Central Presbyterian Church

Massillon, Ohio

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"No Skipping Over"

Text: Luke 19:29-40

Philippians 2:5-11

            As the Kowalski family sat and stood around Stanley’s bed in the ICU of Memorial City Hospital during the last hours of his earthly life, a lot of thoughts were racing through their minds. Something all of them were thinking -- but were hesitant to speak aloud in the early hours of their vigil -- was this: Stanley….. dad…..granddad has been suffering at home for months. Why must he continue to suffer here? Why won’t the good Lord take him? What is He waiting for?

A deeply religious Roman Catholic family, the Kowalski’s knew Stanley’s time was close at hand. They knew exactly where their husband, father, grandfather was headed. Stanley knew exactly where he was headed. In fact, Stanley’s deep religious conviction is what kept the family steady during his decline. The Last Rites had been duly administered. No one in the Kowalski clan had any question regarding the glorious destiny awaiting him just on the other side.

            But during those final hours of Stanley’s labored breathing, and during those final hours of the family’s anxiety and agonizing, how they wished to skip the painful last steps of the journey, and see Stanley released into God’s arms. And how fervently Stanley’s wife prayed for that as she sat at his side, her head bowed; her hands upon his. Many of us have been in that seat; praying those prayers that our loved one’s suffering would come to an end.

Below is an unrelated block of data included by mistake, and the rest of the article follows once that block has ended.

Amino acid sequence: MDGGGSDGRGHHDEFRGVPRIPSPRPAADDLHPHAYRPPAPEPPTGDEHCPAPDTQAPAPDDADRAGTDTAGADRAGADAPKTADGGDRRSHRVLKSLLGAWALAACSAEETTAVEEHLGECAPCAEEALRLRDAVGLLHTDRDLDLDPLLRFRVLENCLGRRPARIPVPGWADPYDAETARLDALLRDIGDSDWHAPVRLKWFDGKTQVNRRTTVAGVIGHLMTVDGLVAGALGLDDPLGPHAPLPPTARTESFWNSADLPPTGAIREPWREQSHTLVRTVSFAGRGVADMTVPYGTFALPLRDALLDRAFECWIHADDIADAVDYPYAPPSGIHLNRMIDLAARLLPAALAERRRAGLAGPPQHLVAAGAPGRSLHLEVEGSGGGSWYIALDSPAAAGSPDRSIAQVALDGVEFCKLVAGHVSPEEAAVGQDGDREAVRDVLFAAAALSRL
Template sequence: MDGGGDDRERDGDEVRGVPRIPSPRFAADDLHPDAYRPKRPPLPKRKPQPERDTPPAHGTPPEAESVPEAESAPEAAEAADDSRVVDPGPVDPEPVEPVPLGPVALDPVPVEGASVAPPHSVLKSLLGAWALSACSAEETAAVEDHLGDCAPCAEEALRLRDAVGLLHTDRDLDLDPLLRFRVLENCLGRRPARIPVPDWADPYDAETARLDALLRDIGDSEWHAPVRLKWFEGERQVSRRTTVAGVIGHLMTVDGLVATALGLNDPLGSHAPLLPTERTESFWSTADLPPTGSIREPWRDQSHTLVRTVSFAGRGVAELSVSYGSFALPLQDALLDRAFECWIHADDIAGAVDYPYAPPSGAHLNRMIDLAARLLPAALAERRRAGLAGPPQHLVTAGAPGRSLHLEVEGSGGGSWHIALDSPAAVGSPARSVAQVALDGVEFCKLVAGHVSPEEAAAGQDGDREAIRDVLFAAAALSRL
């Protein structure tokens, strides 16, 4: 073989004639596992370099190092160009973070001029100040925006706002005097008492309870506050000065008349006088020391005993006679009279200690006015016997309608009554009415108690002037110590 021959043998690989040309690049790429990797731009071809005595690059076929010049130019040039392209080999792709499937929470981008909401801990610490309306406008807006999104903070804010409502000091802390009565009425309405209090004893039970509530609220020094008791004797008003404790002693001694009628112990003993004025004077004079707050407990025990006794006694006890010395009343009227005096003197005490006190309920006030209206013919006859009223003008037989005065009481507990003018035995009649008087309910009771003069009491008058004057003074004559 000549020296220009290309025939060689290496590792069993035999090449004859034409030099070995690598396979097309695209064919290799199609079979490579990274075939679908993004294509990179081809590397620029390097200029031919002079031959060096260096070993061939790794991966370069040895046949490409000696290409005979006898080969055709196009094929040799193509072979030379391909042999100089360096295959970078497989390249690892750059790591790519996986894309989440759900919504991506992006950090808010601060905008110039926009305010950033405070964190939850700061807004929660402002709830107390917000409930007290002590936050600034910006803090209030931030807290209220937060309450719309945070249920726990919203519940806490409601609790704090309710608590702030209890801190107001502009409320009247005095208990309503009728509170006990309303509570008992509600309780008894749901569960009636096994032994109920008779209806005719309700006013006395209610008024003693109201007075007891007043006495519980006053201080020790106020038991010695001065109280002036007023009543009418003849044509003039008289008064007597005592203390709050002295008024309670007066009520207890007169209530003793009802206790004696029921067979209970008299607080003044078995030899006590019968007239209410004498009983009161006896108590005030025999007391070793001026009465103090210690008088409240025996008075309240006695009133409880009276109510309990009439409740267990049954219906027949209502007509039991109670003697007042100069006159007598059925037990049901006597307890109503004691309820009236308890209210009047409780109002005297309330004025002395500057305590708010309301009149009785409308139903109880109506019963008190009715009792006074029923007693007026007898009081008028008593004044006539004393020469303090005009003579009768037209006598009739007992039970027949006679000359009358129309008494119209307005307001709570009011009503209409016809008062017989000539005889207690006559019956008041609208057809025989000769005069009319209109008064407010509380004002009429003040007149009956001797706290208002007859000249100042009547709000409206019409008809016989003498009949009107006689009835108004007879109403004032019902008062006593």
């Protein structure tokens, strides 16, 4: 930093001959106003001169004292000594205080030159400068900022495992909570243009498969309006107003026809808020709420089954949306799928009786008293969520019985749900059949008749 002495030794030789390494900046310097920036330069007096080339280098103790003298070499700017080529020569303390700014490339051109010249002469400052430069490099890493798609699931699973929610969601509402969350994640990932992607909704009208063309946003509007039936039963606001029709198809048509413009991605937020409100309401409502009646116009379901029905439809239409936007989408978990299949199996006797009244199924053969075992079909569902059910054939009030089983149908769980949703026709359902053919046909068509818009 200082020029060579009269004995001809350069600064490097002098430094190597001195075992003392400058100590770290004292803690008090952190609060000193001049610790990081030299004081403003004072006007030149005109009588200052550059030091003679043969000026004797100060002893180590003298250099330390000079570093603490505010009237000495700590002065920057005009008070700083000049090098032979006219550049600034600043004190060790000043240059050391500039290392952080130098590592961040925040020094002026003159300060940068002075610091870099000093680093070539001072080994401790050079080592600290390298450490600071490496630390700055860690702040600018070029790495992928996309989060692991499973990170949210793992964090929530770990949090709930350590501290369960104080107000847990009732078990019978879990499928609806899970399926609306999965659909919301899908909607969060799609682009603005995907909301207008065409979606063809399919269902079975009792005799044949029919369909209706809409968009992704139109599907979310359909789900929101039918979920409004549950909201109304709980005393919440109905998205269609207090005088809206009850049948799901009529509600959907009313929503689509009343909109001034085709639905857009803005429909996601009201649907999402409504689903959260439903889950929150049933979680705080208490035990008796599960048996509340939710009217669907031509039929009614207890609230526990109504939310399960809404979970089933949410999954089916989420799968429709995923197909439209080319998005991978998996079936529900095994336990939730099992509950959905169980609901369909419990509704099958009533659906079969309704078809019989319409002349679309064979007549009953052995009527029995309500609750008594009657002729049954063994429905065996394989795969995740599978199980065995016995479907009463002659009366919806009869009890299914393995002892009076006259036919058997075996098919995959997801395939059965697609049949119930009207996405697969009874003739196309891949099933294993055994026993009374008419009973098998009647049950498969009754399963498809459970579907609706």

Philip Yancey, who’s an editor for the widely-read Christianity Today Magazine, recalls how at the fundamentalist church where he was raised, there was no observance of the major events of Holy Week; no Maundy Thursday; no Good Friday. He writes, “The church I grew up in skipped right past the events of Holy week in a rush to hear the trumpet sounds of Easter.” It’s understandable that we would desire to skip through the pain of Holy Week. Jesus on the cross signifies death. Jesus resurrected from the tomb signifies life. A sanctuary stripped bare for Good Friday is depressing. A sanctuary filled with lilies for Easter is glorious. Who doesn’t want – in a manner of speaking – to skip the guts and get to the glory? Yet Yancey has learned in his adult life that the Bible, in his estimation, “slows down rather than speeds up when it gets to the events of Holy Week.”

            Did you know that today isn’t liturgically named Palm Sunday? Today is actually Passion/Palm Sunday, because although the week begins with palms and hosannas, and ends with the resurrection of our Lord Jesus Christ, we can neither avoid nor ignore what lies in between – the suffering, the pain, the crucifixion, the guts, the passion of our Lord. Today actually ends with the beginning of a vigil of anxiety and agony; the longest week on the Christian calendar, and in the Christian life; a week during which acclamations of “hosanna!” descend to shouts of “Crucify him!” Frank Lyman writes that “The irony of the Palm Sunday story is how it ends with a fizzle instead of a sparkle.” So just what happened on that first Palm Sunday? Let’s read about it now.